Slashdot.org - Mon, 09/21/2020 - 19:02
An anonymous reader quotes a report from Forbes: According to reports, more than 500,000 Activision accounts may have been hacked with login data being compromised. The eSports site Dexerto has reported that a data breach occurred on Sunday, September 20. The credentials to access these accounts are, Dexerto said, being leaked publicly, and account details changed to prevent easy recovery by the rightful owners. Activision accounts are mostly used by players of the hugely popular Call of Duty franchise. "This is a substantial breach," Martin Jartelius, CSO at Outpost24, said, "in parts, the clean-up will be a large undertaking for Activision, we can only hope backups allow restoring original contact data, resetting access and managing the users who still cannot regain access which should be a smaller group." Changing your password, if you still have access to your account, is vital, as is changing passwords at any other site or service where you use the same password. This should be to something long and strong, the use of a password manager will help you here. Developing...

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Samsung Cancels Developer Conference Due To Ongoing Pandemic

Slashdot.org - Mon, 09/21/2020 - 18:20
Samsung announced today it has canceled its annual developer conference citing the need to prioritize the safety of its employees during the COVID-19 pandemic. XDA Developers reports: There had been speculation that the South Korean tech giant would axe the show, not just due to the ongoing pandemic but because there isn't much to announce. In previous years, Samsung had used the event to announce updates to its software services like its digital assistant Bixby, but these software additions have never caught on with consumers. There have also been rumblings that Google and Samsung are negotiating a deal to replace many of Samsung's native software apps -- think the Galaxy App store or "Samsung Daily" news feed -- with Google ones.

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Chinese Leaders Split Over Releasing Blacklist of US Companies

Slashdot.org - Mon, 09/21/2020 - 17:41
Beijing has sped up development of a blacklist that could be used to punish American technology firms, but officials say leaders are hesitating to pull the trigger, with some arguing a decision on the list should wait till after the U.S. election. From a report: The debate highlights Beijing's continued grappling with how to respond to the Trump administration without driving the relationship closer to collapse. So far, the Chinese leadership has tried to respond in kind to Washington's actions but has tried to avoid measures that go beyond those of the U.S. A well-timed strike can sometimes work in Beijing's and Chinese companies' favor. After President Trump's campaign for a U.S. company to take over video-sharing app TikTok, Chinese regulators rolled out new export-control rules that have helped TikTok parent ByteDance set terms that could help it avoid losing control of the platform's U.S. operations or crucial technology. China first announced its plan to create a blacklist of U.S. entities in May 2019, soon after the U.S. restricted telecom giant Huawei Technologies's access to U.S. components and technology. But Beijing refrained from specifying any companies or individuals for the list as both countries' trade negotiators were engaged in the talks that eventually led to the signing of a "phase one" trade agreement in January. As the Trump administration has intensified its attacks on some of China's best-known companies -- also including Tencent Holdings, which runs the WeChat messaging and payments app -- the list has gained urgency. In recent weeks, according to people with knowledge of the matter, an interagency group led by Vice Premier Hu Chunhua, who oversees foreign investment and trade, has stepped up finalization of the "unreliable-entity" list -- China's answer to the U.S.'s list of Chinese entities it is targeting for sanctions.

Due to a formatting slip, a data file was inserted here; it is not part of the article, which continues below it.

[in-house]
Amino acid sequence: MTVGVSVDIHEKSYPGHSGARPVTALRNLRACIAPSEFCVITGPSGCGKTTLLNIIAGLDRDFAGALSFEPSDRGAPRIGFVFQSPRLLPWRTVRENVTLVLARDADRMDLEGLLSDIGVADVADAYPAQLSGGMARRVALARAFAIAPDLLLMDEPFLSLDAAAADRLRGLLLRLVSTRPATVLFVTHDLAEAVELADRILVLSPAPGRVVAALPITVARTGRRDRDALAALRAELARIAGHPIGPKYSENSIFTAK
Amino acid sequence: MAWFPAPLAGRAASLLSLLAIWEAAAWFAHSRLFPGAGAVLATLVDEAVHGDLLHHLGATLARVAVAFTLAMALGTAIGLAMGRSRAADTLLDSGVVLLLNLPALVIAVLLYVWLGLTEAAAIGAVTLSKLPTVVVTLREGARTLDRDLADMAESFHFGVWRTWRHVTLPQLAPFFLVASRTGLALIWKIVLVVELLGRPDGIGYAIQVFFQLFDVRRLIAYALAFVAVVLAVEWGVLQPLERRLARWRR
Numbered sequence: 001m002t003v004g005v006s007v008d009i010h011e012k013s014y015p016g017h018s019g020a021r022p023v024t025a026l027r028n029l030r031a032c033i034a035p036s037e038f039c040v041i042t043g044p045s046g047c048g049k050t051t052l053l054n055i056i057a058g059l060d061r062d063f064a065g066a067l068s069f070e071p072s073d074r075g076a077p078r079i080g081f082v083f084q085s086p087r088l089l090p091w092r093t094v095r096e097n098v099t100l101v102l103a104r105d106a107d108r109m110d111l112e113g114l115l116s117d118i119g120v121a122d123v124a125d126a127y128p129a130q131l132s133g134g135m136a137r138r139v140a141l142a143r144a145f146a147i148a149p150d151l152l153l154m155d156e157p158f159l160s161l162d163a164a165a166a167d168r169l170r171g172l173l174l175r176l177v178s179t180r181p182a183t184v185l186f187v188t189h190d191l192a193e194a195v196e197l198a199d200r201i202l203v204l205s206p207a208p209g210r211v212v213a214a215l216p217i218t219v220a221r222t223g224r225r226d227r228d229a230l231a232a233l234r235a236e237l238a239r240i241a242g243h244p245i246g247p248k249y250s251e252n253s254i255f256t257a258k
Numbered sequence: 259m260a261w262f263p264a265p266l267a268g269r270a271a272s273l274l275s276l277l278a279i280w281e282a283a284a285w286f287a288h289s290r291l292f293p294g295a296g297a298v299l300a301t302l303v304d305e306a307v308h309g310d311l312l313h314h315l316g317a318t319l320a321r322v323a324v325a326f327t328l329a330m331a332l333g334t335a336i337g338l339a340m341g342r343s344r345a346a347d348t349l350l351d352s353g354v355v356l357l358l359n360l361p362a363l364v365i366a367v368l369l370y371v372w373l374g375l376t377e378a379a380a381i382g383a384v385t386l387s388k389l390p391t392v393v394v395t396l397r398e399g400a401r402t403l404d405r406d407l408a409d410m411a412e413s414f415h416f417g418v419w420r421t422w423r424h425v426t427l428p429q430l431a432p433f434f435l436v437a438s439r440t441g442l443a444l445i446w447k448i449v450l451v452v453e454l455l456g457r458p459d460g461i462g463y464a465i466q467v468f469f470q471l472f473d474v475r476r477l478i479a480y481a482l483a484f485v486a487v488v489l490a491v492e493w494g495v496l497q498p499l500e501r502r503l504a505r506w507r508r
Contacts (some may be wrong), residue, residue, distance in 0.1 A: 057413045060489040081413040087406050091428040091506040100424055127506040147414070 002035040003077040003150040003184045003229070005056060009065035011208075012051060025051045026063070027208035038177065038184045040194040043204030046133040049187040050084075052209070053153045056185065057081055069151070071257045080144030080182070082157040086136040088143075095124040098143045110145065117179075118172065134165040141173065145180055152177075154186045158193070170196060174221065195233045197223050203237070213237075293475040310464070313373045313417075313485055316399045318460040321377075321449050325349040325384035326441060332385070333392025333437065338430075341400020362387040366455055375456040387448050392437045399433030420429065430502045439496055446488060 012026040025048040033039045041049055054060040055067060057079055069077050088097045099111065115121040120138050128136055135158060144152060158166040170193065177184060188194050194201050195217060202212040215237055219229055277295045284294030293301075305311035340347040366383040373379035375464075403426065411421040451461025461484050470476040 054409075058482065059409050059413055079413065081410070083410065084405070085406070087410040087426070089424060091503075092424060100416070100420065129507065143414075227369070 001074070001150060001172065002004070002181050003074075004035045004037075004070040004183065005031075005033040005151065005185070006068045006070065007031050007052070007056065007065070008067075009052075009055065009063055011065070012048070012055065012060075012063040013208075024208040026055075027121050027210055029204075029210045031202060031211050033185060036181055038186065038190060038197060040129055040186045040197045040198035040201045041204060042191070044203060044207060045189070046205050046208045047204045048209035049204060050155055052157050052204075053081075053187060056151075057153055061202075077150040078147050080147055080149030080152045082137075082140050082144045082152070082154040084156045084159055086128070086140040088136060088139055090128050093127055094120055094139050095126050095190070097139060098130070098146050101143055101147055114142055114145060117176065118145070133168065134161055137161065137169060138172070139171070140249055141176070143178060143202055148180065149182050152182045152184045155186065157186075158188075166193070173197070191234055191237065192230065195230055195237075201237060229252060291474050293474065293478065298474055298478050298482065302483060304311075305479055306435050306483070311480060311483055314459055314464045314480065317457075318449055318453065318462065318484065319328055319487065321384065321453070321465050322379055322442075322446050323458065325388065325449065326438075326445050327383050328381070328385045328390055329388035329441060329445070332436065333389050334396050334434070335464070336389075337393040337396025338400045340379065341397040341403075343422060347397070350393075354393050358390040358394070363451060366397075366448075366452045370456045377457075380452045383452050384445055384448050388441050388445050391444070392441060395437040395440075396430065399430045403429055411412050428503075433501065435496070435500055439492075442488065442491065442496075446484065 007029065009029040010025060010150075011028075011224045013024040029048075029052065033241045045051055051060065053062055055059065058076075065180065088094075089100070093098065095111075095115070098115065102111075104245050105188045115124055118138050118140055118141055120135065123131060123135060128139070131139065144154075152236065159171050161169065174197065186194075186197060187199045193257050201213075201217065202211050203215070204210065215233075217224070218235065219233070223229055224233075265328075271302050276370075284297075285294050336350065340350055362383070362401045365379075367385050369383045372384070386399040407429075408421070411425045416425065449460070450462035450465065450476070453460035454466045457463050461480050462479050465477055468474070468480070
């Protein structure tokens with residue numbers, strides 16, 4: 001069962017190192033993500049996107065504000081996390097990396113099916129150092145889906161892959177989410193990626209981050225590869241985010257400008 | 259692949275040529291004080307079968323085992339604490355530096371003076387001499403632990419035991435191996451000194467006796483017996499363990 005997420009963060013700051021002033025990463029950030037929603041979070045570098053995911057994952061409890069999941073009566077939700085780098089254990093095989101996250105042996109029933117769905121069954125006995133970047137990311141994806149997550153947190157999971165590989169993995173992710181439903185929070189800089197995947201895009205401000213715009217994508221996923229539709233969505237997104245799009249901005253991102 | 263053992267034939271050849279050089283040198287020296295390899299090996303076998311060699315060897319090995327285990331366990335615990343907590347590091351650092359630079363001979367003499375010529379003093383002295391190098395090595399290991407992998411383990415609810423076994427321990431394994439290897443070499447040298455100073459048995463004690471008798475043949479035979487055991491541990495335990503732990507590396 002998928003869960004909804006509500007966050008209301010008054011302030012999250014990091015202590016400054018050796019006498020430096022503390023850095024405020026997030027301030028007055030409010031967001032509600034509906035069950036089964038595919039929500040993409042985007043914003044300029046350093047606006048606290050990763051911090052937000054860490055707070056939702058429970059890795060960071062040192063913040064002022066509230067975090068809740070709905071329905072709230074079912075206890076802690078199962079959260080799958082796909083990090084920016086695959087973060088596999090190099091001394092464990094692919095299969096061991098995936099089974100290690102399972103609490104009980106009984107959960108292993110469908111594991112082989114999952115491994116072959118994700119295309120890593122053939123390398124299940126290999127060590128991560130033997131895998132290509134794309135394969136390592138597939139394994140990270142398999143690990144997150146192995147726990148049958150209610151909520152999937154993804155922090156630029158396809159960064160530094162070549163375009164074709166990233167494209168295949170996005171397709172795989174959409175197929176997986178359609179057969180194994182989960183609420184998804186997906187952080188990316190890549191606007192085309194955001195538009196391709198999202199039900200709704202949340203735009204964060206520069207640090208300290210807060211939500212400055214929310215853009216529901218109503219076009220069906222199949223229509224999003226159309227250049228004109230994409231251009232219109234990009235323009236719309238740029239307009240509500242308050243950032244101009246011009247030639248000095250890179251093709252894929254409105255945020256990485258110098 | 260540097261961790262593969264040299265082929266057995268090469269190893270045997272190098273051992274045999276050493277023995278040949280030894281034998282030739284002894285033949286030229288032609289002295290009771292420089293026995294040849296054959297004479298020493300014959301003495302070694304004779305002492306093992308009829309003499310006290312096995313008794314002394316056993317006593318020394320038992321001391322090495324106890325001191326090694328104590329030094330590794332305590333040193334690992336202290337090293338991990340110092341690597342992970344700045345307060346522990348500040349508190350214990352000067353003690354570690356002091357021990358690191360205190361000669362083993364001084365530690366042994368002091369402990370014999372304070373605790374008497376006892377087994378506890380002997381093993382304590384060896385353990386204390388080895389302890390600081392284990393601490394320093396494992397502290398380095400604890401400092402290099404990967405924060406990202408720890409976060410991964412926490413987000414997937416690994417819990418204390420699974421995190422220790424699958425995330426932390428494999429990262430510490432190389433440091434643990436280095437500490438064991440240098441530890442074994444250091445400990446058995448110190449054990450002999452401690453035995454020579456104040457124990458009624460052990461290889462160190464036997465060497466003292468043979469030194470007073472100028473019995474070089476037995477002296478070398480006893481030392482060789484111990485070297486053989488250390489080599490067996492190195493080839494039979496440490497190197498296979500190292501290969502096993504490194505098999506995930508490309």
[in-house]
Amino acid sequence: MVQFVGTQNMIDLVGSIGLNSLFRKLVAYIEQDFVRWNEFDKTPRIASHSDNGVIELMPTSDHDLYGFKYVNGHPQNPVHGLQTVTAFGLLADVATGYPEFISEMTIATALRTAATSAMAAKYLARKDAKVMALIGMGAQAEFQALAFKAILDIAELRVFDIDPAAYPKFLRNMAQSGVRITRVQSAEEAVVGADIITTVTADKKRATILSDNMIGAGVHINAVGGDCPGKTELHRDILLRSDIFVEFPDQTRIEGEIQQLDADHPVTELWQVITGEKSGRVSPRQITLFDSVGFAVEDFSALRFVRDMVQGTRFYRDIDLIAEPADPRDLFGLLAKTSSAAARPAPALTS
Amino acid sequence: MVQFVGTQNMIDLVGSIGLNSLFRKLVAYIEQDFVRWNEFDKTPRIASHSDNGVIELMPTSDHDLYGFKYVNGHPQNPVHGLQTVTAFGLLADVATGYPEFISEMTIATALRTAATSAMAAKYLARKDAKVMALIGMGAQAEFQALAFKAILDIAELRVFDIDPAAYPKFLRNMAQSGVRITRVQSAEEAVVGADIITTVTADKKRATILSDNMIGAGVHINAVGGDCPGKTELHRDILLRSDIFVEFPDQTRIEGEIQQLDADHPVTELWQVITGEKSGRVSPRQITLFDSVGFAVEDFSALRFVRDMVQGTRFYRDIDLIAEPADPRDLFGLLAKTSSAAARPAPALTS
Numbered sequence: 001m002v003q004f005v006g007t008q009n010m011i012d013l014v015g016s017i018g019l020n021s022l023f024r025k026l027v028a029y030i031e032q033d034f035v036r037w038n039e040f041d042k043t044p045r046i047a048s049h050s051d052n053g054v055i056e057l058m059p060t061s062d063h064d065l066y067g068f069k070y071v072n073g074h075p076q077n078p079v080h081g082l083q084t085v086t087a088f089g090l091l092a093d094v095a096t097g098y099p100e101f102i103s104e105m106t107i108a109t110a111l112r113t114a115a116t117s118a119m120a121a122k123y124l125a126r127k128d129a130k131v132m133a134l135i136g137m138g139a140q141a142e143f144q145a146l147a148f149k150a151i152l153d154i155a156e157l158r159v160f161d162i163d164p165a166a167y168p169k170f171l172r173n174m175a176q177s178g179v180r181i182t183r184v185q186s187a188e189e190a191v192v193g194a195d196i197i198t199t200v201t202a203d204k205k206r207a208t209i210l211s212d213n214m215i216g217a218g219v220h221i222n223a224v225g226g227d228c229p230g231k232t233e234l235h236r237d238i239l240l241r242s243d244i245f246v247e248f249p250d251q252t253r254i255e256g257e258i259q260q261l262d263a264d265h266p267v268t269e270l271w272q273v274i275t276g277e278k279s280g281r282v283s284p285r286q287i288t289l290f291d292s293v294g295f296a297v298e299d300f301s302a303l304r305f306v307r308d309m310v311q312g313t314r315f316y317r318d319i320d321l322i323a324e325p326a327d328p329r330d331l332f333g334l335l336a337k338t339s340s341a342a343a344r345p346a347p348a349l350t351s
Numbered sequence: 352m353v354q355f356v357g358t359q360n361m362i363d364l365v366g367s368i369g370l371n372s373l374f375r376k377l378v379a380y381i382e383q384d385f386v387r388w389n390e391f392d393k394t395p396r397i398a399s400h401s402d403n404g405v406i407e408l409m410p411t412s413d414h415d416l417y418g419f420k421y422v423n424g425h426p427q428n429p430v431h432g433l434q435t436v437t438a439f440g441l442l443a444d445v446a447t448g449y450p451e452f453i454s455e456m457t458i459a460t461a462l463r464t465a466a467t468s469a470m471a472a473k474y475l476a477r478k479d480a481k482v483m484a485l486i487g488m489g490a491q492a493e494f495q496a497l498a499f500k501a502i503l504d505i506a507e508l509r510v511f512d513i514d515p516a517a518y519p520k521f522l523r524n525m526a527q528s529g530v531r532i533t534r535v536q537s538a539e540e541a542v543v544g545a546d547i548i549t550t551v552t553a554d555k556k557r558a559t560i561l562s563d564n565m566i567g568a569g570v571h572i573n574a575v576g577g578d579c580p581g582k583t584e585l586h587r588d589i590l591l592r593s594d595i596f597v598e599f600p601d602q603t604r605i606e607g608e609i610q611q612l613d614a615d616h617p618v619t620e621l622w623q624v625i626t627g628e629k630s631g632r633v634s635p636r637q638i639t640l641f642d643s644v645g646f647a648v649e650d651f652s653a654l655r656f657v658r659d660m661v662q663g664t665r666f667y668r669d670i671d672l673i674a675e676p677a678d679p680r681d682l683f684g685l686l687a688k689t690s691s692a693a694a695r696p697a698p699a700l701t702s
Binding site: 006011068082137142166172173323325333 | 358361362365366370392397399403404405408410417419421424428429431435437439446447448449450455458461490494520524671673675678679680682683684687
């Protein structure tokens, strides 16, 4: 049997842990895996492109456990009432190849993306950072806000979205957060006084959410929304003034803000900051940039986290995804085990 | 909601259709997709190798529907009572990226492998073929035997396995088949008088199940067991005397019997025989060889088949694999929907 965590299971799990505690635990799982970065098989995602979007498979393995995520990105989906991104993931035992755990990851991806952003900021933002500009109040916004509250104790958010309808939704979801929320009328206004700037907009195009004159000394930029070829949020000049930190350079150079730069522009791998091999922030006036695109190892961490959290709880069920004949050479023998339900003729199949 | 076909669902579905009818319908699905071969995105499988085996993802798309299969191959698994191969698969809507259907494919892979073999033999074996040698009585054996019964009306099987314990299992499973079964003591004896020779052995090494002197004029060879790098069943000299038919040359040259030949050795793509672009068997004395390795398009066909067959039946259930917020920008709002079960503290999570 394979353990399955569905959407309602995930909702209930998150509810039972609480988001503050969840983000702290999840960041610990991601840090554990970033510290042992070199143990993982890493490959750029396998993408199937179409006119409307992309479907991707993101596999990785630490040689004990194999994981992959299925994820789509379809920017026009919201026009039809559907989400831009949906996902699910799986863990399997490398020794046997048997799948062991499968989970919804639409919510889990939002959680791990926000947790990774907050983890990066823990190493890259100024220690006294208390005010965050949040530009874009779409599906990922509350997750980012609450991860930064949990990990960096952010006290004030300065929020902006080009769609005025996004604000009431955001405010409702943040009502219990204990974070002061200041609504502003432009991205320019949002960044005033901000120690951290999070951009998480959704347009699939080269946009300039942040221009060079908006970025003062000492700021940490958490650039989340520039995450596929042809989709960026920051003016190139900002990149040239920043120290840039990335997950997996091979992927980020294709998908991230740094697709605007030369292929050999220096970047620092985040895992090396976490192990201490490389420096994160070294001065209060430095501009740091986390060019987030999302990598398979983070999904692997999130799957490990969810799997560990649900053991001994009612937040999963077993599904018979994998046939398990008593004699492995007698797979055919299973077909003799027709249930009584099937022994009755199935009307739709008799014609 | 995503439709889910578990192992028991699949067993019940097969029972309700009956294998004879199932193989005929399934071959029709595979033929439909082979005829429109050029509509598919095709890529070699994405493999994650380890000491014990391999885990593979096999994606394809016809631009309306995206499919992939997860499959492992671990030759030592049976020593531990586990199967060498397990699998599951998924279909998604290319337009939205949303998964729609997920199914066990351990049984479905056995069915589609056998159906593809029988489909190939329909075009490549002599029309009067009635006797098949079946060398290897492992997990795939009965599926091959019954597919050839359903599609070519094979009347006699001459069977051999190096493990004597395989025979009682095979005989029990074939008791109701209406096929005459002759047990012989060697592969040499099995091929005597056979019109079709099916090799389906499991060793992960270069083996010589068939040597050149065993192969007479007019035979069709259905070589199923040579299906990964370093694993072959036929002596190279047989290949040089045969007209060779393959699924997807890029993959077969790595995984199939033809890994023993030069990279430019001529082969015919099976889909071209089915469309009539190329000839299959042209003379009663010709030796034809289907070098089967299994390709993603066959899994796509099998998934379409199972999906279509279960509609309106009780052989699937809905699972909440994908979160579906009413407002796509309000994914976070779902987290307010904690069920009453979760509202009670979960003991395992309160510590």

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Facebook Will Let People Claim Ownership of Images and Issue Takedown Requests

Slashdot.org - Mon, 09/21/2020 - 17:00
Facebook is going to let people take more control over the images they own and where they end up. The Verge reports: In an update to its rights management platform, the company is starting to work with certain partners today to give them the power to claim ownership over images and then moderate where those images show up across the Facebook platform, including on Instagram. The goal is to eventually open this feature up to everyone, as it already does with music and video rights. The company didn't give a timeline on when it hopes to open this up more broadly. Facebook didn't disclose who its partners are, but this could theoretically mean that if a brand like National Geographic uploaded its photos to Facebook's Rights Manager, it could then monitor where they show up, like on other brands' Instagram pages. From there, the company could choose to let the images stay up, issue a takedown, which removes the infringing post entirely, or use a territorial block, meaning the post stays live but isn't viewable in territories where the company's copyright applies. To claim their copyright, the image rights holder uploads a CSV file to Facebook's Rights Manager that contains all the image's metadata. They'll also specify where the copyright applies and can leave certain territories out. Once the manager verifies that the metadata and image match, it'll then process that image and monitor where it shows up. If another person tries to claim ownership of the same image, the two parties can go back and forth a couple times to dispute the claim, and Facebook will eventually yield it to whoever filed first. If they then want to appeal that decision, they can use Facebook's IP reporting forms.